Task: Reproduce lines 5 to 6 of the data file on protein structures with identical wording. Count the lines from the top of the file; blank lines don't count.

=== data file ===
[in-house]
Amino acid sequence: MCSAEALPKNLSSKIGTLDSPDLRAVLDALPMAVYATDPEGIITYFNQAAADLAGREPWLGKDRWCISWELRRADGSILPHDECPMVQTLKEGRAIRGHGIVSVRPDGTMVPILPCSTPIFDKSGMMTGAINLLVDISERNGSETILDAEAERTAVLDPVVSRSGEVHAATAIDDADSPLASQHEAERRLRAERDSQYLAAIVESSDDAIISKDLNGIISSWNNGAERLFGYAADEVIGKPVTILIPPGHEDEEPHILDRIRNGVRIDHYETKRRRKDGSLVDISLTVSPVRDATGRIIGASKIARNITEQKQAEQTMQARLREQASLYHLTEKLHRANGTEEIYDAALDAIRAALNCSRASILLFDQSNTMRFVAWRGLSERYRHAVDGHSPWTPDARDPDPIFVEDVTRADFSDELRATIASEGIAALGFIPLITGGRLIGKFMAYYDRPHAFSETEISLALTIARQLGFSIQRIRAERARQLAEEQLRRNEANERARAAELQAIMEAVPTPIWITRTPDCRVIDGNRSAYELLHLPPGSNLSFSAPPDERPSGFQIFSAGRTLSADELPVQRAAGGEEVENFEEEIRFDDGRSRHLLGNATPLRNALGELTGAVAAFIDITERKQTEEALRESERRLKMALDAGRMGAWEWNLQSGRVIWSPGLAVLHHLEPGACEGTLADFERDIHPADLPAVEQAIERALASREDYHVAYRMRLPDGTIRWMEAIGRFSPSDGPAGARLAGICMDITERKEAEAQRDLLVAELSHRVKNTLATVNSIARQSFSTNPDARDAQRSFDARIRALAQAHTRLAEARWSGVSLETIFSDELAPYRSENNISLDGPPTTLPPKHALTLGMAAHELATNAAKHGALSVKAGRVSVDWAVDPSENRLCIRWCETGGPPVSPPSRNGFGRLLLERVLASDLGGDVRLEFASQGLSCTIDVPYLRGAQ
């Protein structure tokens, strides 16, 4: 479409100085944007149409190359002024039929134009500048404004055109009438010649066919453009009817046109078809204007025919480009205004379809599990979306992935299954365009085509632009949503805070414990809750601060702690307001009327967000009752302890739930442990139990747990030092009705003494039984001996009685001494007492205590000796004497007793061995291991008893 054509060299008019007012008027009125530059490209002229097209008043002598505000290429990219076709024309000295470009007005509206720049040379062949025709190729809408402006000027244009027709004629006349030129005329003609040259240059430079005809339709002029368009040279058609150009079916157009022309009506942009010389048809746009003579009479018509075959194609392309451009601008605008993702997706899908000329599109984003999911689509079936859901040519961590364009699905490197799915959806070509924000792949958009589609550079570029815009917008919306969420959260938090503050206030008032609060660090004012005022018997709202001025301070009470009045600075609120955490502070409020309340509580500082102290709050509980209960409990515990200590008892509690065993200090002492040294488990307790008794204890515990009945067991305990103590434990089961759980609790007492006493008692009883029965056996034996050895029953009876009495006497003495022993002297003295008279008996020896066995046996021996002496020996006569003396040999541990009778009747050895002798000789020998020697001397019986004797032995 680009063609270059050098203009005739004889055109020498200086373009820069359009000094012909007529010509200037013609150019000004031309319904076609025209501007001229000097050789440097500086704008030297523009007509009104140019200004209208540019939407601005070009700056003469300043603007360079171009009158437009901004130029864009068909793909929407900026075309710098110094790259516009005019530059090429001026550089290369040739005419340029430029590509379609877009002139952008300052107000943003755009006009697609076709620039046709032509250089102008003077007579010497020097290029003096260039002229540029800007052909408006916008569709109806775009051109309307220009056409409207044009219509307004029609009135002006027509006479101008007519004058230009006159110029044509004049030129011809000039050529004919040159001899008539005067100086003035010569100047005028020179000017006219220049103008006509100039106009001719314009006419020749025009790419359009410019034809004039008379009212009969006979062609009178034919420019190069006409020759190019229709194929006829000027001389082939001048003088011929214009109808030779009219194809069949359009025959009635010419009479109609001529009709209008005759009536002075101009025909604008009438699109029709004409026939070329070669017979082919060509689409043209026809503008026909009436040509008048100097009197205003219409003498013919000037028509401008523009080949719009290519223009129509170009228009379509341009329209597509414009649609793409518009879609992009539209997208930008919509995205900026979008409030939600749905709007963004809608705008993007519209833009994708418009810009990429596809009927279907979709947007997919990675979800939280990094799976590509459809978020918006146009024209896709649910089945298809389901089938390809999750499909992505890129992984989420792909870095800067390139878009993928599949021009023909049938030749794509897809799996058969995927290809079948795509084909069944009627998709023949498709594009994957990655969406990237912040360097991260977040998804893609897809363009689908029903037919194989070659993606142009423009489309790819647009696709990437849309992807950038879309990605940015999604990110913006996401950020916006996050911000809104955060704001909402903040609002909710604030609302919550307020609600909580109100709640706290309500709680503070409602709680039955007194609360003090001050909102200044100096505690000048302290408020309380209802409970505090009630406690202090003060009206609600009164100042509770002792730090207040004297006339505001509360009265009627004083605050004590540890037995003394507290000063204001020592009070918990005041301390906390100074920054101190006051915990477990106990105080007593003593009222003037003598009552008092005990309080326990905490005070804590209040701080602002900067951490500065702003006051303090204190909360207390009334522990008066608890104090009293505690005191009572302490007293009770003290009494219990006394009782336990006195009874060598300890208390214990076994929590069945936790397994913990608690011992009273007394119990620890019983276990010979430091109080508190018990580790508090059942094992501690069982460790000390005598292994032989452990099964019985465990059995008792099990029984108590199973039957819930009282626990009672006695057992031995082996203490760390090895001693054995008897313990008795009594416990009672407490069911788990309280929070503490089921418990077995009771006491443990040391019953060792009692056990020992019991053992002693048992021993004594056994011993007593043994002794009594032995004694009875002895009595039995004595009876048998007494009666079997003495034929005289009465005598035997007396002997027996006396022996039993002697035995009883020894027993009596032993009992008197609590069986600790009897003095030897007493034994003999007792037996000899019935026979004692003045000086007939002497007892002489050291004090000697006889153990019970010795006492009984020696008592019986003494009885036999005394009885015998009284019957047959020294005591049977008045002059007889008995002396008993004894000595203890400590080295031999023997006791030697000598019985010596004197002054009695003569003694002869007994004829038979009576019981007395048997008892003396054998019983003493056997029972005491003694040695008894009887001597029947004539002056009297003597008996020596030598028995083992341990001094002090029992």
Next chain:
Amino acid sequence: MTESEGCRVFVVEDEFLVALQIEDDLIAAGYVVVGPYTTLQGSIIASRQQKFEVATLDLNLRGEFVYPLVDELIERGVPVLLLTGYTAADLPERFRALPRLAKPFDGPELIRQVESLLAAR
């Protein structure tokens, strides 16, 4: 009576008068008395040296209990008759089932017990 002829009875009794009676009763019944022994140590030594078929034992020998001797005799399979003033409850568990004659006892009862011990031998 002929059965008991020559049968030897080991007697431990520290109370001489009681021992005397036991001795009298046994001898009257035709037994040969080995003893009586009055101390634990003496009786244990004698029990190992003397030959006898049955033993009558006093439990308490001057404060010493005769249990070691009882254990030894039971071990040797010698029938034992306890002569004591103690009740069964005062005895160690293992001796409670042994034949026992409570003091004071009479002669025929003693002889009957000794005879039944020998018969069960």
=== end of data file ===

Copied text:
Amino acid sequence: MTESEGCRVFVVEDEFLVALQIEDDLIAAGYVVVGPYTTLQGSIIASRQQKFEVATLDLNLRGEFVYPLVDELIERGVPVLLLTGYTAADLPERFRALPRLAKPFDGPELIRQVESLLAAR
């Protein structure tokens, strides 16, 4: 009576008068008395040296209990008759089932017990 002829009875009794009676009763019944022994140590030594078929034992020998001797005799399979003033409850568990004659006892009862011990031998 002929059965008991020559049968030897080991007697431990520290109370001489009681021992005397036991001795009298046994001898009257035709037994040969080995003893009586009055101390634990003496009786244990004698029990190992003397030959006898049955033993009558006093439990308490001057404060010493005769249990070691009882254990030894039971071990040797010698029938034992306890002569004591103690009740069964005062005895160690293992001796409670042994034949026992409570003091004071009479002669025929003693002889009957000794005879039944020998018969069960």